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consultancy - planning for collaboration

management briefing


Our consultancy practice focuses on identifying and implementing successful and sound collaborations between participating businesses.
How do you know when it's time to collaborate, and when it's time to compete?
What are the structures and processes for healthy business collaboration?
What are the implications of business collaboration?
  • for working practices?
  • for systems and software?
  • for tools and technology?

Similar questions apply to Joined-Up Government.

We are also collecting patterns for business collaboration.  Our pattern catalogue is hosted by the CBDi Forum.  Comments and contributions are most welcome.


2 approaches



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veryard projects - innovation for demanding change

Principles of Collaboration

veryard projects > component-based-business > collaboration > principles

1 Business collaboration means autonomous business entities working together to achieve some business goals. 
2 Technical support for collaboration is provided in a number of areas:
  • object collaboration - Catalysis, UML
  • collaborative work - CSCW
However, such technical mechanisms are neither necessary nor sufficient for business collaboration.  It's perfectly possible to have good business collaboration without using the latest technology - and for that matter, it's perfectly possible for business collaboration to fail, even with the best tools.
3 Collaboration often takes place without a formal agreement or collaboration framework.  We call this De Facto collaboration.  Such informal or adhoc collaboration can sometimes work very well - but it can also prove unreliable or unstable.

veryard projects - innovation for demanding change

Challenges of Collaboration

veryard projects > component-based-business > collaboration > challenges

1 Taking the Initiative Even when all the parties can see the benefits of a potential collaboration, it is sometimes difficult to make the first move.

It's particularly difficult (but sometimes necessary) to make One-Sided Commitments.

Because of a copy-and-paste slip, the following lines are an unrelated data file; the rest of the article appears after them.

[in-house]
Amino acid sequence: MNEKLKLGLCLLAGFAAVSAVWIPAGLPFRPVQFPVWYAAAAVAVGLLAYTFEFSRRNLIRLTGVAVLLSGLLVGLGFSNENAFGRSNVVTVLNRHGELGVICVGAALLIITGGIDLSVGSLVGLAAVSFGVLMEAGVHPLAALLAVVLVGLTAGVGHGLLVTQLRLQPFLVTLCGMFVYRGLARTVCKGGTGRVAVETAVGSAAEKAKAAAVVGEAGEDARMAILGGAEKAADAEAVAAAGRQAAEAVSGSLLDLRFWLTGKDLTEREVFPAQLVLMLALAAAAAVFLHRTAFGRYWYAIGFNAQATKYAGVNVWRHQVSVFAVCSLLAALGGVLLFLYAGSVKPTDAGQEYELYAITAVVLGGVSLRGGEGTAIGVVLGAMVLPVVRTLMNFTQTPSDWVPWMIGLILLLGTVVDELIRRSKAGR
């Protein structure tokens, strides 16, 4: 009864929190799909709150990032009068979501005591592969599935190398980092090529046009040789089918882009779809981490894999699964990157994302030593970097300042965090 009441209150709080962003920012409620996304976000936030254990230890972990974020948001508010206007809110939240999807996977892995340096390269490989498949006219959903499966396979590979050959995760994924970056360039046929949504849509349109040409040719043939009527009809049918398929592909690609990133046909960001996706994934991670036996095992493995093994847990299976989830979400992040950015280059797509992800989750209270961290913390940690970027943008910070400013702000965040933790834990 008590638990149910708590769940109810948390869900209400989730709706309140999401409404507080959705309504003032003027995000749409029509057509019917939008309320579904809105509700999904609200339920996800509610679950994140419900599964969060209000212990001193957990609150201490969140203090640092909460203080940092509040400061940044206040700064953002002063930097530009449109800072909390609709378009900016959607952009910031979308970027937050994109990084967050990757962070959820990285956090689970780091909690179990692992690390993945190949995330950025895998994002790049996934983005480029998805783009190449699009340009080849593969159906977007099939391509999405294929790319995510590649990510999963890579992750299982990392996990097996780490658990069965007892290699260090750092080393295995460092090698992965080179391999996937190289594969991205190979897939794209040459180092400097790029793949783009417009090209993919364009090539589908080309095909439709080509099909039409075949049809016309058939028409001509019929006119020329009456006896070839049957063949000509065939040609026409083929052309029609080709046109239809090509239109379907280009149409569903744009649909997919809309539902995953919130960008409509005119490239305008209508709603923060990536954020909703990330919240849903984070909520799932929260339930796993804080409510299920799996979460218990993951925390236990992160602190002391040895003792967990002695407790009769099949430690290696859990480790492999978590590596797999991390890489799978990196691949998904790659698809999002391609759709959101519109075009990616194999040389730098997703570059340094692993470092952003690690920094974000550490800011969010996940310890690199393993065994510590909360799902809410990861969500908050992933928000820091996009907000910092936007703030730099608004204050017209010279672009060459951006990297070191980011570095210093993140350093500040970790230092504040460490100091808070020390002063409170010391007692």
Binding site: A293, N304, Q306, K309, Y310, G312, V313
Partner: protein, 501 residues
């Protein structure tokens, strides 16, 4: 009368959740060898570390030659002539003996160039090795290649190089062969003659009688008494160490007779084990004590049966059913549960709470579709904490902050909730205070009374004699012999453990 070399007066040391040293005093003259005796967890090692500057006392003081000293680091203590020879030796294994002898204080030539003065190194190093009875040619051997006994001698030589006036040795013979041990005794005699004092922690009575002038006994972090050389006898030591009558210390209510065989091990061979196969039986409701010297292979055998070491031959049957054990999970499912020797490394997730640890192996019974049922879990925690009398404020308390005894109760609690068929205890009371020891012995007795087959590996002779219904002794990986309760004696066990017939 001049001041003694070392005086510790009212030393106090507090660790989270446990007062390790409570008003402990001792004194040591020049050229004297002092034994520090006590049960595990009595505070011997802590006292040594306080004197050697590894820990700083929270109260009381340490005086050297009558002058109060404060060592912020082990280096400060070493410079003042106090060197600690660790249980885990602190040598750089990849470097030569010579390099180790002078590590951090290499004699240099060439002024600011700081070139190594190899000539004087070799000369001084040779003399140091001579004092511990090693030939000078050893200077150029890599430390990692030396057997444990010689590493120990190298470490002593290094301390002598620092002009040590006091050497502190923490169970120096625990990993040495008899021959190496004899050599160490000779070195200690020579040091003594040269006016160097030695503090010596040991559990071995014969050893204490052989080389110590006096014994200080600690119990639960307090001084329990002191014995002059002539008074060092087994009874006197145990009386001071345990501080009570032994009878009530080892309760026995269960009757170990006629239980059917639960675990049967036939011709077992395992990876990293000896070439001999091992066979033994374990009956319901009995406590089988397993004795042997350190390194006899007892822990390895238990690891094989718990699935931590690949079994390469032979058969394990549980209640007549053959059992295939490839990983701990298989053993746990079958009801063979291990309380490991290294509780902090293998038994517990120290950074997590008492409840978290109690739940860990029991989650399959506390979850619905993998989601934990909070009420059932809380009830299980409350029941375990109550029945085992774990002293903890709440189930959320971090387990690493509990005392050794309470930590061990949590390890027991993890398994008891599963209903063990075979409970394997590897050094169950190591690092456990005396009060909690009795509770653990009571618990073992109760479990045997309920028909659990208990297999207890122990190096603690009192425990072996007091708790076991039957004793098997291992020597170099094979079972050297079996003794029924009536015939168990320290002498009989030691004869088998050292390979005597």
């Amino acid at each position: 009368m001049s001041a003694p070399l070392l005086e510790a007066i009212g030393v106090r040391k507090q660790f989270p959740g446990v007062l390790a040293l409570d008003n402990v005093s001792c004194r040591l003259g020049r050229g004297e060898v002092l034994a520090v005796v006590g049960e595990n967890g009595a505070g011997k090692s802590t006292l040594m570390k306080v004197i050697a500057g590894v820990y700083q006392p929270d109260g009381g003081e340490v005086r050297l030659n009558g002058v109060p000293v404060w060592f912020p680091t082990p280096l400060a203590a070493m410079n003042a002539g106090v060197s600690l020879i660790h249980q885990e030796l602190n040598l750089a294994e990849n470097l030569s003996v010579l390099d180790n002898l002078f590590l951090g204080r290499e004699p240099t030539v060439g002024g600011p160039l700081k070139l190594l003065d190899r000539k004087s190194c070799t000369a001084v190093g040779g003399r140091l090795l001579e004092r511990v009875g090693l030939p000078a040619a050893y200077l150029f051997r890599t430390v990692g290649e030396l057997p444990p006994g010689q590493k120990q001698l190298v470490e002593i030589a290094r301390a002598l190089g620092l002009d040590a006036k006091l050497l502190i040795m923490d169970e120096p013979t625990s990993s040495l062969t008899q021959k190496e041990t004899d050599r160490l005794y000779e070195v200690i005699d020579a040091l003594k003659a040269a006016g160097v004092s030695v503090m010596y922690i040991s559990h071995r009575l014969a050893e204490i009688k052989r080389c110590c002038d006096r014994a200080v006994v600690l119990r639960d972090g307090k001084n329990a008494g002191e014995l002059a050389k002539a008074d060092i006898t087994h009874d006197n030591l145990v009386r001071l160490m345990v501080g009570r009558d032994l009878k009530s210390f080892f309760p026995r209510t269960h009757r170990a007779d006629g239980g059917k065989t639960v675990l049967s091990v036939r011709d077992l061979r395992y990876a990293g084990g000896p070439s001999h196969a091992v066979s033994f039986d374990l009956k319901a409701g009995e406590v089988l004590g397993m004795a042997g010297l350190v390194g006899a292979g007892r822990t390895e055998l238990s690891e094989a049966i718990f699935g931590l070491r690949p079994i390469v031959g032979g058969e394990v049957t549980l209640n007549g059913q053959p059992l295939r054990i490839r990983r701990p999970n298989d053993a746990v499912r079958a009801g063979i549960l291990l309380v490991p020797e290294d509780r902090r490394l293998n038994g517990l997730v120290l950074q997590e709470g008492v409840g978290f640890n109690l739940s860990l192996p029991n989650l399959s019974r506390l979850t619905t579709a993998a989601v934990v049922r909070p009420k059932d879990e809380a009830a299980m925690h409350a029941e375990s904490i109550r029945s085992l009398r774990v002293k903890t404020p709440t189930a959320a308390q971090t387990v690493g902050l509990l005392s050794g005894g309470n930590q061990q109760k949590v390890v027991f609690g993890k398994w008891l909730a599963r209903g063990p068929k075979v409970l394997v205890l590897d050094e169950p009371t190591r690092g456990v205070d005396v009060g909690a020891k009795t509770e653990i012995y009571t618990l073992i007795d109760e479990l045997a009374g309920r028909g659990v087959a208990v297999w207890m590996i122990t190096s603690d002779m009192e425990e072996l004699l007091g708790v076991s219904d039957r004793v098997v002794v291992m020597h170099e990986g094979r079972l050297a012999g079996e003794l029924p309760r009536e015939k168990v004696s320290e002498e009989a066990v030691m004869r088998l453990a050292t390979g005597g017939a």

2 Trust and Security See Veryard Projects Trust Page

See also

veryard projects - innovation for demanding change

Two Approaches

veryard projects > component-based-business > collaboration > 2 approaches

In general, there are two approaches to organizing collective responsibilities.

A homogeneous closed group is a stable network based on informal commitments (trust).

In some situations, responsibility can be shared by creating a stable group or team.

The members of the group identify with the group. This has two aspects:

  • Each member depends on the group - personal rewards are significantly affected by the success of the group as a whole
  • Each member feels that the group depends on him/her - the personal contribution to the group is understood and appreciated by the rest of the group
  • A heterogeneous open group is a dynamic network based on formal commitments (contract)

    In situations where stable teams cannot develop (or be built), formal structures of individual duties need to be established, to enable responsibilities to be shared.

    This tends to be necessary under the following conditions:

  • High turnover of group membership, interfering with the emergence of stable relations of personal trust
  • High cultural / organizational diversity, increasing the barriers that have to be overcome.

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    Requirements for collaboration

    veryard projects > component-based-business > collaboration > requirements

    1 Planning for 
    Many large and complex schemes today are characterized by:
    • complex collaborations and partnerships
    • multiple and diverse benefits to different stakeholders 
    • commercial, social, political and technical uncertainty 
    Best practice in business planning has failed to keep up with this complexity.
    2 Knowledge
    Collaborations typically involve shared information and knowledge.  Perhaps confidential documents are shown to your business partners, under some Non-Disclosure Agreement.  Or perhaps your partners have access (direct or indirect) to your customer database.

    Knowledge management needs to be an explicit part of the collaboration.

    The most critical knowledge may be that concerning the management of the collaboration itself - for example commercial or security arrangements.